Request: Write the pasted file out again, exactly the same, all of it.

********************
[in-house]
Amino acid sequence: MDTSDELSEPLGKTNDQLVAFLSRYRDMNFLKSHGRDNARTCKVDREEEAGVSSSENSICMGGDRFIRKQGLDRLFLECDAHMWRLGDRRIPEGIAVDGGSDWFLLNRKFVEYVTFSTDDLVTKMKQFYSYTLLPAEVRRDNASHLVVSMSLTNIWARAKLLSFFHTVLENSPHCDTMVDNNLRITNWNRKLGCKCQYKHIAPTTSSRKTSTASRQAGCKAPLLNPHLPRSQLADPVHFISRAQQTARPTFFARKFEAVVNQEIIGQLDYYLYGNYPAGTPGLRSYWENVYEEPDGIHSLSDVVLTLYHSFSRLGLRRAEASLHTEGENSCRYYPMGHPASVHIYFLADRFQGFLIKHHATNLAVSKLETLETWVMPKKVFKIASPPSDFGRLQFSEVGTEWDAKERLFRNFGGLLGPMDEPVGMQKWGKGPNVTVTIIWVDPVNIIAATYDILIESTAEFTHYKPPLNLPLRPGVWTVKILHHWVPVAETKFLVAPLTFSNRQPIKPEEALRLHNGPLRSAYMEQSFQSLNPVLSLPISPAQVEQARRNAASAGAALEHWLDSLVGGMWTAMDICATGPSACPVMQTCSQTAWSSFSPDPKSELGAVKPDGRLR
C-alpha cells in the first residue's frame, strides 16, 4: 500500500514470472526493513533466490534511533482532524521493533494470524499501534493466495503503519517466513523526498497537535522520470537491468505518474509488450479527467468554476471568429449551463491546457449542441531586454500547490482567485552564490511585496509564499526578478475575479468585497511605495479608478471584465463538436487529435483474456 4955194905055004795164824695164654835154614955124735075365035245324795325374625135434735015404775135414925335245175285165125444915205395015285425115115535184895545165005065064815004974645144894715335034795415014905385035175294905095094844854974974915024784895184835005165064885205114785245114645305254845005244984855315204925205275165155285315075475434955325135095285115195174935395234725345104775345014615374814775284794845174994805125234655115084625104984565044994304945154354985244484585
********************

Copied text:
[in-house]
Amino acid sequence: MDTSDELSEPLGKTNDQLVAFLSRYRDMNFLKSHGRDNARTCKVDREEEAGVSSSENSICMGGDRFIRKQGLDRLFLECDAHMWRLGDRRIPEGIAVDGGSDWFLLNRKFVEYVTFSTDDLVTKMKQFYSYTLLPAEVRRDNASHLVVSMSLTNIWARAKLLSFFHTVLENSPHCDTMVDNNLRITNWNRKLGCKCQYKHIAPTTSSRKTSTASRQAGCKAPLLNPHLPRSQLADPVHFISRAQQTARPTFFARKFEAVVNQEIIGQLDYYLYGNYPAGTPGLRSYWENVYEEPDGIHSLSDVVLTLYHSFSRLGLRRAEASLHTEGENSCRYYPMGHPASVHIYFLADRFQGFLIKHHATNLAVSKLETLETWVMPKKVFKIASPPSDFGRLQFSEVGTEWDAKERLFRNFGGLLGPMDEPVGMQKWGKGPNVTVTIIWVDPVNIIAATYDILIESTAEFTHYKPPLNLPLRPGVWTVKILHHWVPVAETKFLVAPLTFSNRQPIKPEEALRLHNGPLRSAYMEQSFQSLNPVLSLPISPAQVEQARRNAASAGAALEHWLDSLVGGMWTAMDICATGPSACPVMQTCSQTAWSSFSPDPKSELGAVKPDGRLR
C-alpha cells in the first residue's frame, strides 16, 4: 500500500514470472526493513533466490534511533482532524521493533494470524499501534493466495503503519517466513523526498497537535522520470537491468505518474509488450479527467468554476471568429449551463491546457449542441531586454500547490482567485552564490511585496509564499526578478475575479468585497511605495479608478471584465463538436487529435483474456 4955194905055004795164824695164654835154614955124735075365035245324795325374625135434735015404775135414925335245175285165125444915205395015285425115115535184895545165005065064815004974645144894715335034795415014905385035175294905095094844854974974915024784895184835005165064885205114785245114645305254845005244984855315204925205275165155285315075475434955325135095285115195174935395234725345104775345014615374814775284794845174994805125234655115084625104984565044994304945154354985244484585